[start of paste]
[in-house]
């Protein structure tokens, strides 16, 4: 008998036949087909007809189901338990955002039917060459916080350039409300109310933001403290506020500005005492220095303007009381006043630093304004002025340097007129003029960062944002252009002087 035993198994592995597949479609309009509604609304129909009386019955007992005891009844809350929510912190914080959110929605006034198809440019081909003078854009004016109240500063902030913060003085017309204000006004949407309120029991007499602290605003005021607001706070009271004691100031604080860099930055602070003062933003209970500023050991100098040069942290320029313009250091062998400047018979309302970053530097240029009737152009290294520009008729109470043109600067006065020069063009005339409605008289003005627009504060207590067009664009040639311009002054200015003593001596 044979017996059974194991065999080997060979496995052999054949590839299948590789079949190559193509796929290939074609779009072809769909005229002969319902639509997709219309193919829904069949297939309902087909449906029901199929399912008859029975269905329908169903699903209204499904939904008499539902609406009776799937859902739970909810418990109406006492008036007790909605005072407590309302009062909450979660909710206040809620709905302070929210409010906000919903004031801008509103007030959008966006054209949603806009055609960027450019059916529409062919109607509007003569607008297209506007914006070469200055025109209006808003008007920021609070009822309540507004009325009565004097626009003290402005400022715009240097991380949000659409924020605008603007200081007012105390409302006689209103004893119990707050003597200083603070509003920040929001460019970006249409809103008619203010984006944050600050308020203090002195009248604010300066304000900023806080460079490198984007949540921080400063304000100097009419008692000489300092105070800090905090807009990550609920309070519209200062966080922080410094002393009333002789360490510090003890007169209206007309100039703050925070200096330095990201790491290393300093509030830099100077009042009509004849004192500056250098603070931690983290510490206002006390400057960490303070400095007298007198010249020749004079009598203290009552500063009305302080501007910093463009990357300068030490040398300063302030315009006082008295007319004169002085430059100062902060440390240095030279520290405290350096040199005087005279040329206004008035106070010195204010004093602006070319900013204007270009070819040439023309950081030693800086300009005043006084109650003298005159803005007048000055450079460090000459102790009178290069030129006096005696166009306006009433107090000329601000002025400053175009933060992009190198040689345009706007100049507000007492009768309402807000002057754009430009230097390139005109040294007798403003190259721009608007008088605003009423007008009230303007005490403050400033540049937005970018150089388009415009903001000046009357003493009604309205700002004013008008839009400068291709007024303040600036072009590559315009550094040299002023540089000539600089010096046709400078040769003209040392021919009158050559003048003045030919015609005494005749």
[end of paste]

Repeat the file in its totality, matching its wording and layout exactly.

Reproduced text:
[in-house]
């Protein structure tokens, strides 16, 4: 008998036949087909007809189901338990955002039917060459916080350039409300109310933001403290506020500005005492220095303007009381006043630093304004002025340097007129003029960062944002252009002087 035993198994592995597949479609309009509604609304129909009386019955007992005891009844809350929510912190914080959110929605006034198809440019081909003078854009004016109240500063902030913060003085017309204000006004949407309120029991007499602290605003005021607001706070009271004691100031604080860099930055602070003062933003209970500023050991100098040069942290320029313009250091062998400047018979309302970053530097240029009737152009290294520009008729109470043109600067006065020069063009005339409605008289003005627009504060207590067009664009040639311009002054200015003593001596 044979017996059974194991065999080997060979496995052999054949590839299948590789079949190559193509796929290939074609779009072809769909005229002969319902639509997709219309193919829904069949297939309902087909449906029901199929399912008859029975269905329908169903699903209204499904939904008499539902609406009776799937859902739970909810418990109406006492008036007790909605005072407590309302009062909450979660909710206040809620709905302070929210409010906000919903004031801008509103007030959008966006054209949603806009055609960027450019059916529409062919109607509007003569607008297209506007914006070469200055025109209006808003008007920021609070009822309540507004009325009565004097626009003290402005400022715009240097991380949000659409924020605008603007200081007012105390409302006689209103004893119990707050003597200083603070509003920040929001460019970006249409809103008619203010984006944050600050308020203090002195009248604010300066304000900023806080460079490198984007949540921080400063304000100097009419008692000489300092105070800090905090807009990550609920309070519209200062966080922080410094002393009333002789360490510090003890007169209206007309100039703050925070200096330095990201790491290393300093509030830099100077009042009509004849004192500056250098603070931690983290510490206002006390400057960490303070400095007298007198010249020749004079009598203290009552500063009305302080501007910093463009990357300068030490040398300063302030315009006082008295007319004169002085430059100062902060440390240095030279520290405290350096040199005087005279040329206004008035106070010195204010004093602006070319900013204007270009070819040439023309950081030693800086300009005043006084109650003298005159803005007048000055450079460090000459102790009178290069030129006096005696166009306006009433107090000329601000002025400053175009933060992009190198040689345009706007100049507000007492009768309402807000002057754009430009230097390139005109040294007798403003190259721009608007008088605003009423007008009230303007005490403050400033540049937005970018150089388009415009903001000046009357003493009604309205700002004013008008839009400068291709007024303040600036072009590559315009550094040299002023540089000539600089010096046709400078040769003209040392021919009158050559003048003045030919015609005494005749």